It is without question that Weezer‘s guitar-pop jam “Surf Wax America” is one of the stand-outs on the band’s eponymous Blue Album. The emo revivalists of You Blew It! know this and as a teaser to their upcoming Weezer cover EP, released this true-to-form cover. Band member Tanner Jones described why they chose this song to Stereogum:
Five Good Covers presents five cross-genre reinterpretations of an oft-covered song.
Bob Dylan recorded “Simple Twist of Fate” for one of his most popular albums, 1975’s Blood On the Tracks. Overanalyzed by critics and Bob fans everywhere, Tracks was dismissed by Dylan for having been influenced by the drama of a failing marriage, but there’s no denying how much pain comes through on the album’s songs, particularly this one.
When Joey Ramone was fighting for his life with Lymphoma, he wrote and recorded the song, “I Get Knocked Down (But I’ll Get Up),” about his battle with the disease. Last December, School of Seven Bells member and former Secret Machines member Benjamin Curtis also passed away after battling T-cell Lymphoblastic Lymphoma. Bandmate Alejandra Deheza has released their final recording together, a cover of Ramone’s “I Get Knocked Down (But I’ll Get Up).” The song was recorded in its entirety by Curtis while in his hospital bed.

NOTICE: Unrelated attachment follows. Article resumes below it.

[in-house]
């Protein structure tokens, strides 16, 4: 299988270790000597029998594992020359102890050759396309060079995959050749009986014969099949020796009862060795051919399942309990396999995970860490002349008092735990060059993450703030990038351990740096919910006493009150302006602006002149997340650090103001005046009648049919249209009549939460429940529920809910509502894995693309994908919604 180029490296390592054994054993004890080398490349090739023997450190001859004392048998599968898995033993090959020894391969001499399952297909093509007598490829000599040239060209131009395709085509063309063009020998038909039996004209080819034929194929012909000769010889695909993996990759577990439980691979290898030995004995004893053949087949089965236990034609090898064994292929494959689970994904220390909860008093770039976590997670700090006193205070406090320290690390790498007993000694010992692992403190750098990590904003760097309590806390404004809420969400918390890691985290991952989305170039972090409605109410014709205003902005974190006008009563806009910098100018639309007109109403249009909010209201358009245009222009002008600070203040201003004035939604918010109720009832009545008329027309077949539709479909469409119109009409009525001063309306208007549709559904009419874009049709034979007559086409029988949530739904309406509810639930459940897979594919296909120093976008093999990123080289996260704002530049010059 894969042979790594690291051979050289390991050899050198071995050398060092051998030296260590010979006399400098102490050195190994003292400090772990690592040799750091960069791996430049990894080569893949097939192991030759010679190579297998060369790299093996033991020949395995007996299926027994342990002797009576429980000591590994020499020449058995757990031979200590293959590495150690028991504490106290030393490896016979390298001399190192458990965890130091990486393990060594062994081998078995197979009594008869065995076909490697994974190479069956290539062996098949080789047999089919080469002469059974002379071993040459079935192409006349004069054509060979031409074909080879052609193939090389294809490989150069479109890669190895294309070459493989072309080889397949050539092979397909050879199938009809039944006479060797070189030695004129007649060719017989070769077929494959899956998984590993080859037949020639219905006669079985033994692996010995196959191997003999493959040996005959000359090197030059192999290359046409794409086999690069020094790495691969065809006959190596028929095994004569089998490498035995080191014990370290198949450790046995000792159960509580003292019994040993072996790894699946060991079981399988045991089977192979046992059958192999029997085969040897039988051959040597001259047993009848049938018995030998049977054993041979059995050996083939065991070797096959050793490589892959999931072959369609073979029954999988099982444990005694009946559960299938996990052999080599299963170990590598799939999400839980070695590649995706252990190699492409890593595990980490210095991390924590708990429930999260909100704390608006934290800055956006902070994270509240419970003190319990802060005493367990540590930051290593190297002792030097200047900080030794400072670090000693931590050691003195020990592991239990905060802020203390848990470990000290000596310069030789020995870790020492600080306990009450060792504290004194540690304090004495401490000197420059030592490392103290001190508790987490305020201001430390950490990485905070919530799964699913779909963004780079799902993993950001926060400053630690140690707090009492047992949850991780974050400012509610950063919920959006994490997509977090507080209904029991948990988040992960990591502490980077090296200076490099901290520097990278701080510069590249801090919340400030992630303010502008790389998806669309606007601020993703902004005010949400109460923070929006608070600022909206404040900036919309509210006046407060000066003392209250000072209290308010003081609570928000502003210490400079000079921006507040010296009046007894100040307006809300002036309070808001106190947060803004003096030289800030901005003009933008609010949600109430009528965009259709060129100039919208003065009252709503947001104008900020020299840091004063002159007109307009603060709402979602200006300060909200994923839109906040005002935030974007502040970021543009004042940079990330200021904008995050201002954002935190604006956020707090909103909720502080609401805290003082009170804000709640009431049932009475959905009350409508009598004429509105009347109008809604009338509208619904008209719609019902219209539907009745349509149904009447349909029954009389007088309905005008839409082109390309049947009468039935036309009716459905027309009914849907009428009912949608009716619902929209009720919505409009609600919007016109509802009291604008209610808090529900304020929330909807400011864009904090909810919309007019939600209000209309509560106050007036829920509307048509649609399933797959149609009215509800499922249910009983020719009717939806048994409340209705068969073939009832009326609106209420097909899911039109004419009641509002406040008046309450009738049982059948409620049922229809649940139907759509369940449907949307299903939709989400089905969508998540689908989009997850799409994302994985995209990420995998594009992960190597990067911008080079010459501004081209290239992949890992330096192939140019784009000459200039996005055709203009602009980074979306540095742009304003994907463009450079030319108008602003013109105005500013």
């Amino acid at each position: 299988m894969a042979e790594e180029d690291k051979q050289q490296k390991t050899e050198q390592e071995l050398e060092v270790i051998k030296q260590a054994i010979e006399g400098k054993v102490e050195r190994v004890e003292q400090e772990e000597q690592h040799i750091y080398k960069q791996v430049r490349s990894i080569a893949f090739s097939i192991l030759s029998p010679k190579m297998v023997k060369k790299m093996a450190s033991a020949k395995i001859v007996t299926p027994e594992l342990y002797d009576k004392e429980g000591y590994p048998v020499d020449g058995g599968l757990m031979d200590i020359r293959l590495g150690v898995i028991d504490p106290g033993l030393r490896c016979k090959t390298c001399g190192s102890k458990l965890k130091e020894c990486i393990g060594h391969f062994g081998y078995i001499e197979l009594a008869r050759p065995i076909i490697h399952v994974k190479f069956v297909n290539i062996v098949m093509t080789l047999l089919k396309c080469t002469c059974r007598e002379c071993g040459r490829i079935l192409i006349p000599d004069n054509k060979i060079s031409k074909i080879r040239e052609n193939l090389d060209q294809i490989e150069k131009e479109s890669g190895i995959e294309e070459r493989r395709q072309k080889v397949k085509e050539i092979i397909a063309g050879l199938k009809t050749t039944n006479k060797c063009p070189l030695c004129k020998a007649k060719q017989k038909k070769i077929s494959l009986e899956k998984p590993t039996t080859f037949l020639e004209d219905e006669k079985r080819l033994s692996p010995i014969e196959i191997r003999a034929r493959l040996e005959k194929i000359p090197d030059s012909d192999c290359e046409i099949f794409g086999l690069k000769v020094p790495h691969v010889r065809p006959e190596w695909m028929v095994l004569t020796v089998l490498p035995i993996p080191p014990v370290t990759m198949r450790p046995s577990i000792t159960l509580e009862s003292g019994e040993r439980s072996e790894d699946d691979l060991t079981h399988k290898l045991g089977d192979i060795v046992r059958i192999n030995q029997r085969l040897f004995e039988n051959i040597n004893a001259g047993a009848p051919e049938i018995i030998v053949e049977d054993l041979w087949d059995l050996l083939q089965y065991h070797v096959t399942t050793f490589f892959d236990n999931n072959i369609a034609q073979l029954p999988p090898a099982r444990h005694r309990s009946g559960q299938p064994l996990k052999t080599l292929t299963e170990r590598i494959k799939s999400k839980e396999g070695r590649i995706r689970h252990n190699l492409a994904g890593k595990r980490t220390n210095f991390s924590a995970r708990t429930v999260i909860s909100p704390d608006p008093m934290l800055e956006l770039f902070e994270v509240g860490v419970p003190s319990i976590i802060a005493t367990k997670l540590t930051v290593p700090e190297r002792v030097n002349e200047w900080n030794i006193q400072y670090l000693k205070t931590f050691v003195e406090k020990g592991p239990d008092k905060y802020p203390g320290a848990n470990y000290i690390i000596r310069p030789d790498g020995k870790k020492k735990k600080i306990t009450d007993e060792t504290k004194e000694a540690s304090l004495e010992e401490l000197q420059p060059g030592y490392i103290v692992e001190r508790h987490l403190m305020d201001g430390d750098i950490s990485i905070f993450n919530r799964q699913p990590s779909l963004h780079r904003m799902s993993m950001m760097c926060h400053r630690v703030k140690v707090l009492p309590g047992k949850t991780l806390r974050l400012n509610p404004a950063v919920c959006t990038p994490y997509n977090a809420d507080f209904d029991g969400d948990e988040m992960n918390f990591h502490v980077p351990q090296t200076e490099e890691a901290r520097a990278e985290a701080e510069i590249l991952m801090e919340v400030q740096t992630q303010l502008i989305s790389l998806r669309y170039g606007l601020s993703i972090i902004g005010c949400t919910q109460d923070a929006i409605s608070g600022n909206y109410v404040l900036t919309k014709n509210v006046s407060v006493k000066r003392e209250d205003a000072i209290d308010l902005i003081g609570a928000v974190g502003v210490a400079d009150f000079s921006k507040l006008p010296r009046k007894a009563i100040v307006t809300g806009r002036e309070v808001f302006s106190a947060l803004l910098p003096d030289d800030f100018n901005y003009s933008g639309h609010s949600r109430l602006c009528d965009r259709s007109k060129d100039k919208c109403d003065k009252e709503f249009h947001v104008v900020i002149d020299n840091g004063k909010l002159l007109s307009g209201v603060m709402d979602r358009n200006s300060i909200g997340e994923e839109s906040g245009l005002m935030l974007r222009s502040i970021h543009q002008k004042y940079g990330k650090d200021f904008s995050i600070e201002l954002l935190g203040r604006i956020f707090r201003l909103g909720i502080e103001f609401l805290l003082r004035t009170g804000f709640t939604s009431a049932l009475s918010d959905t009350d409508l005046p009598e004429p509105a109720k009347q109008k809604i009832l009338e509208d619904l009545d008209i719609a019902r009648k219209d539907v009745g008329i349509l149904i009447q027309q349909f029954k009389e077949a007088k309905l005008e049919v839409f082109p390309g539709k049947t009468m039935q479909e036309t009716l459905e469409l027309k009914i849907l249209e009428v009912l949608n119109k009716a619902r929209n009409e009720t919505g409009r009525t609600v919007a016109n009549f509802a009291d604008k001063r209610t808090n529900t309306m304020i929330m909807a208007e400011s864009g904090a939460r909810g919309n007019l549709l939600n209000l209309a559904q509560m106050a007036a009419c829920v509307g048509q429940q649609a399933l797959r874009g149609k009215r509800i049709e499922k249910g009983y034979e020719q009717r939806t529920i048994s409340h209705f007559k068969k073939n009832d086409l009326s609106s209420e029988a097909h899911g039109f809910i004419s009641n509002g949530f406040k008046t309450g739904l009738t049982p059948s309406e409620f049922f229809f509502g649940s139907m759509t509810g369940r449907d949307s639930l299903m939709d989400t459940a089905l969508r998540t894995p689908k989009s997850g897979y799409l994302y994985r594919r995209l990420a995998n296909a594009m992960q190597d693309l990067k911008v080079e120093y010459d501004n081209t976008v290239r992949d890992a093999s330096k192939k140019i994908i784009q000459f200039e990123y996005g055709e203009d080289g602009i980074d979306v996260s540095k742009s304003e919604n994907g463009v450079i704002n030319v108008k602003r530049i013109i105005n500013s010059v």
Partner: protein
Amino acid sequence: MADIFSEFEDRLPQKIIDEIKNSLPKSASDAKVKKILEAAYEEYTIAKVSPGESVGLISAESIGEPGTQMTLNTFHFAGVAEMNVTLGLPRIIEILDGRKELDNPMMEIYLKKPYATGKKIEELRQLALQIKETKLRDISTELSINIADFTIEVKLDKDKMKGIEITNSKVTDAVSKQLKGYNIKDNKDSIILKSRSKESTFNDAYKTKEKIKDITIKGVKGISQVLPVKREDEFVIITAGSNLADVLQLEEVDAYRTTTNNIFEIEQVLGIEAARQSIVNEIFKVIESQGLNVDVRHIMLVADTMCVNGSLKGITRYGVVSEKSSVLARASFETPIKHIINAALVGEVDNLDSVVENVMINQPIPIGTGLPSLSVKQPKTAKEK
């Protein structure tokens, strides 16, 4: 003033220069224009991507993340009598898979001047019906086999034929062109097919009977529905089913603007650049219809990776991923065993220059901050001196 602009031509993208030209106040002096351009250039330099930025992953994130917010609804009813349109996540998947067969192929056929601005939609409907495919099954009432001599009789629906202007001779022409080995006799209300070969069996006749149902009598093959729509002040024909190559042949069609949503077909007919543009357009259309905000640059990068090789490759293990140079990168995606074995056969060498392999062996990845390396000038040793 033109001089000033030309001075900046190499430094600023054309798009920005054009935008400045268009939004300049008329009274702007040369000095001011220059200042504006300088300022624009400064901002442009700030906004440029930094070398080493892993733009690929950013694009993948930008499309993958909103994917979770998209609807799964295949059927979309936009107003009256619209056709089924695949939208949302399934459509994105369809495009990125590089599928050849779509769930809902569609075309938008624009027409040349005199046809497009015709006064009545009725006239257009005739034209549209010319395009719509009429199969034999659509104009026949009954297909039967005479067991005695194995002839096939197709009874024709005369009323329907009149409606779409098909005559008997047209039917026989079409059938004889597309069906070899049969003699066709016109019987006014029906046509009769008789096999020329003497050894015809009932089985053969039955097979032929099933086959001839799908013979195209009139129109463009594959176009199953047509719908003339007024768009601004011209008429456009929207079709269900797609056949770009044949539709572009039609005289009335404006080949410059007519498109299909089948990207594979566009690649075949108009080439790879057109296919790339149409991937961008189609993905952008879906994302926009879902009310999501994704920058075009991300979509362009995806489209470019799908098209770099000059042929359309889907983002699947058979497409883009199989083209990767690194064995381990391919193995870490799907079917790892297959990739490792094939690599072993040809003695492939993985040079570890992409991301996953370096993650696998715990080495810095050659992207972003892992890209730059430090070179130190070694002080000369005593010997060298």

Ex-Fleet Foxes member Josh Tillman, better known as Father John Misty, last released his album Fear Fun on Sub Pop back in 2012. Since then, he has provided the soundtrack to a short film and has dabbled in the cover world, such as the piece we saw for a Johnny Cash tribute. Combining his love for providing soundtracks and covers, Father John Misty has just covered Cat Stevens‘s “Trouble” for the upcoming documentary, ONCE I WAS: The Hal Ashby Story.
Lana Del Rey has made her fair share of enemies while promoting her latest effort, Ultraviolence. She has said things like feminism “isn’t an interesting concept,” and she wishes she was “dead already,” turning off the likes of Francis Bean and simultaneously winning the hearts of angst-ridden teens.
1994. A brilliant year for music. In my native UK, we heard the first rumblings of Britpop with the release of Oasis’s ‘Live Forever’, ‘Parklife’ by Blur and Primal Scream’s ‘Rocks’. Stateside, Green Day released their classic ‘Dookie’, Johnny Cash had his his renaissance with his first Rick-Rubin produced album, and Outkast unleashed their debut.